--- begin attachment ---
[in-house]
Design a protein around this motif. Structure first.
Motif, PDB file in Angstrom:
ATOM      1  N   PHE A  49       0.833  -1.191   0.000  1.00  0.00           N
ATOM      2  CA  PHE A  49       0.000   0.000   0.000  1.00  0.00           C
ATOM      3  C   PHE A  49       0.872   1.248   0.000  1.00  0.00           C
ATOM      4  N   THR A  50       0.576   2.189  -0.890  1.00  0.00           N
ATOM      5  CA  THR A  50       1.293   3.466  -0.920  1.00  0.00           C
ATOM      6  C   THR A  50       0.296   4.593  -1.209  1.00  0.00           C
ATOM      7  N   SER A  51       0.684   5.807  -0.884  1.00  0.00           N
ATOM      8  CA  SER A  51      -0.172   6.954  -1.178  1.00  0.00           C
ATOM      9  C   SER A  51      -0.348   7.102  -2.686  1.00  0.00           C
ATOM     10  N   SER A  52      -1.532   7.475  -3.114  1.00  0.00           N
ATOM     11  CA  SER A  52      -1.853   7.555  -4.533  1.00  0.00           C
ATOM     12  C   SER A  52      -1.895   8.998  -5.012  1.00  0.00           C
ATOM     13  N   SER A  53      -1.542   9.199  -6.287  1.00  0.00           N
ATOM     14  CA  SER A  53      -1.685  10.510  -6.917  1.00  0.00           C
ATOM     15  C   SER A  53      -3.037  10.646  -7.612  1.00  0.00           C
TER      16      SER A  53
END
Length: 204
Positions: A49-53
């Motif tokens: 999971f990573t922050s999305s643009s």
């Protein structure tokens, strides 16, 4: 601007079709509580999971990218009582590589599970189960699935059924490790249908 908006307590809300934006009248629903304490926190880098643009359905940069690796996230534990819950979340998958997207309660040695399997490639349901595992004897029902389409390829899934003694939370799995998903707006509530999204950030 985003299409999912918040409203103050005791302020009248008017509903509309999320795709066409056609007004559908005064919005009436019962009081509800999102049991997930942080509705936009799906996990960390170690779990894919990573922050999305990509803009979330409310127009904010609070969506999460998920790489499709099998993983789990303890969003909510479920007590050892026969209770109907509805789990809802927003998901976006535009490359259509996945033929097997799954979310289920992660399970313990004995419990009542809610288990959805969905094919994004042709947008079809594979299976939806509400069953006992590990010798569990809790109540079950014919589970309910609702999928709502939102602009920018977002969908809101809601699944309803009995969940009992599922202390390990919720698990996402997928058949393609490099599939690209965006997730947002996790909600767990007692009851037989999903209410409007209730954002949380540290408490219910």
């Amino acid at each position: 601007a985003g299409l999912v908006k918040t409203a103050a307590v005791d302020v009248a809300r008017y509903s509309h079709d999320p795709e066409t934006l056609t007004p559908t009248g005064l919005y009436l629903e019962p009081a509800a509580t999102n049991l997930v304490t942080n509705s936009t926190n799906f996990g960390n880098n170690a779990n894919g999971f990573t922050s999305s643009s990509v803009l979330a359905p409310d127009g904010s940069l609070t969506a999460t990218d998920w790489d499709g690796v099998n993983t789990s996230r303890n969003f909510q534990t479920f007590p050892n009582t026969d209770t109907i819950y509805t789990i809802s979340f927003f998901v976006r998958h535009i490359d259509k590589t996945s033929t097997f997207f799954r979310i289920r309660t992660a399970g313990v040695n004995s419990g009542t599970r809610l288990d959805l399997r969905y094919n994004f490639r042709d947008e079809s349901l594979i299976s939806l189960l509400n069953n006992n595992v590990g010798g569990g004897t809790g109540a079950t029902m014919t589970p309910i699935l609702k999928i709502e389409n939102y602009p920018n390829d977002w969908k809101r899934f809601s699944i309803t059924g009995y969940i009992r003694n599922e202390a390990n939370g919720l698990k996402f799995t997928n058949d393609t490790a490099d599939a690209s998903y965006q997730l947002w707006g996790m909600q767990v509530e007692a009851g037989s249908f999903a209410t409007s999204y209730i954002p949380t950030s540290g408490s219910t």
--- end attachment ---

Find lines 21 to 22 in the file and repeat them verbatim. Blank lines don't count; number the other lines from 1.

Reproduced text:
Length: 204
Positions: A49-53